Security Experts:

'Dumbo' Tool Helps CIA Agents Disable Security Cameras

The U.S. Central Intelligence Agency (CIA) has developed a tool that disables security cameras and corrupts recordings in an effort to prevent its agents from getting compromised, according to documents published on Thursday by WikiLeaks.

The tool, dubbed “Dumbo,” is executed directly from a USB thumb drive by an operative who has physical access to the targeted device. Once executed, the program can mute microphones, disable network adapters, and suspend processes associated with video recording devices.

Dumbo also informs its user of where those video recording processes store footage so that the files can be corrupted or deleted.

The user guides made available by WikiLeaks — the latest version is dated June 2015 — show that the tool was developed in response to the need for a capability to disrupt webcams and corrupt recordings in an effort to prevent a PAG (Physical Access Group) deployment from getting compromised.

PAG is a special branch within the CIA’s Center for Cyber Intelligence (CCI) and its role is to gain physical access to computers and exploit this access, WikiLeaks said.

The tool, designed for Windows XP and newer versions of the Microsoft operating system, needs SYSTEM privileges to function correctly.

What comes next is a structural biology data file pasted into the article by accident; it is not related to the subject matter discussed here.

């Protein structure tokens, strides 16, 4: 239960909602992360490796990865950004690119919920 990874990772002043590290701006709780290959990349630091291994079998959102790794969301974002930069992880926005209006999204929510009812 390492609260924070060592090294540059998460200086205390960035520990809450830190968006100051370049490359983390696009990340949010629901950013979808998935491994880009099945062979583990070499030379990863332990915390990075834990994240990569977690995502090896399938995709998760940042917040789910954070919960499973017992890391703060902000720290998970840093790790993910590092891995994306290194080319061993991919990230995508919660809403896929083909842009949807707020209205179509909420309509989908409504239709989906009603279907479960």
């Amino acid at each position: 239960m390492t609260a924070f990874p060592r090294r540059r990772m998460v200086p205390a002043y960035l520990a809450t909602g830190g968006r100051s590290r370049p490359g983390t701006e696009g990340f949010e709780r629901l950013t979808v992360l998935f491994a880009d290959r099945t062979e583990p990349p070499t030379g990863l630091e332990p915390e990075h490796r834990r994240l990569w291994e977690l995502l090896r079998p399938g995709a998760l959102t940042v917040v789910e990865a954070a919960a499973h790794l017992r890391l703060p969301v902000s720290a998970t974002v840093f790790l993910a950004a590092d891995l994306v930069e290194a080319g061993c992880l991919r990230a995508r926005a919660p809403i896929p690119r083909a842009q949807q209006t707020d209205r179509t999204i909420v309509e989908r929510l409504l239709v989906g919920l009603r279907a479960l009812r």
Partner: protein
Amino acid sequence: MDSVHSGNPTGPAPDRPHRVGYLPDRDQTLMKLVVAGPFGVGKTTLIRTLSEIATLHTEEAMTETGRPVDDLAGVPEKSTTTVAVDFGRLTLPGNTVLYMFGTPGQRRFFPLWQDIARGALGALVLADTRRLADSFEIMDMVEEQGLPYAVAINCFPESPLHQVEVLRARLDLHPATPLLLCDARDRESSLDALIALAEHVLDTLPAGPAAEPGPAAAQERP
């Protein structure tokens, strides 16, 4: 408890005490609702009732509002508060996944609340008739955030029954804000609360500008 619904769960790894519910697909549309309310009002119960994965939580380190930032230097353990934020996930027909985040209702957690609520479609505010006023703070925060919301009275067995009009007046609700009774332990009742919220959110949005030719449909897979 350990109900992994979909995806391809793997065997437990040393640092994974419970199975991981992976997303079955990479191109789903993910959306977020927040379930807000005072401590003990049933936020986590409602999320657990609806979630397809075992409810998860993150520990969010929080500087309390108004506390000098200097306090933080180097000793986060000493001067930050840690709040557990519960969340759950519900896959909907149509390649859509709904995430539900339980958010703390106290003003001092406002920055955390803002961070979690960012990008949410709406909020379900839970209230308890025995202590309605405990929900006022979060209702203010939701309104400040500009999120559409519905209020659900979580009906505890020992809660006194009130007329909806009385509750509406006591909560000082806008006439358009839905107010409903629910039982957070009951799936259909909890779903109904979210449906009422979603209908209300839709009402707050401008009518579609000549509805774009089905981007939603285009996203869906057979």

“[The tool] identifies installed devices like webcams and microphones, either locally or connected by wireless (Bluetooth, WiFi) or wired networks. All processes related to the detected devices (usually recording, monitoring or detection of video/audio/network streams) are also identified and can be stopped by the operator,” WikiLeaks said. “By deleting or manipulating recordings the operator is aided in creating fake or destroying actual evidence of the intrusion operation.”

CIA Dumbo tool

Dumbo developers pointed out that home security products (e.g. Kaspersky antivirus) may block some of the tool’s functions, and advised users to disable any protections before installation.

WikiLeaks has exposed numerous tools allegedly used by the CIA as part of a leak dubbed Vault 7. The tools detailed so far are designed for hacking Mac OS X devices (Imperial), intercepting SMS messages on Android devices (HighRise), redirecting traffic on Linux systems (OutlawCountry), stealing SSH credentials (BothanSpy), spreading malware on an organization’s network (Pandemic), locating people via their device’s Wi-Fi (Elsa), hacking routers and access points (Cherry Blossom), and accessing air-gapped networks (Brutal Kangaroo).

Related: Cisco Finds Zero-Day Vulnerability in 'Vault 7' Leak

Related: WikiLeaks CIA Files Linked to Espionage Group

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Eduard Kovacs (@EduardKovacs) is a contributing editor at SecurityWeek. He worked as a high school IT teacher for two years before starting a career in journalism as Softpedia’s security news reporter. Eduard holds a bachelor’s degree in industrial informatics and a master’s degree in computer techniques applied in electrical engineering.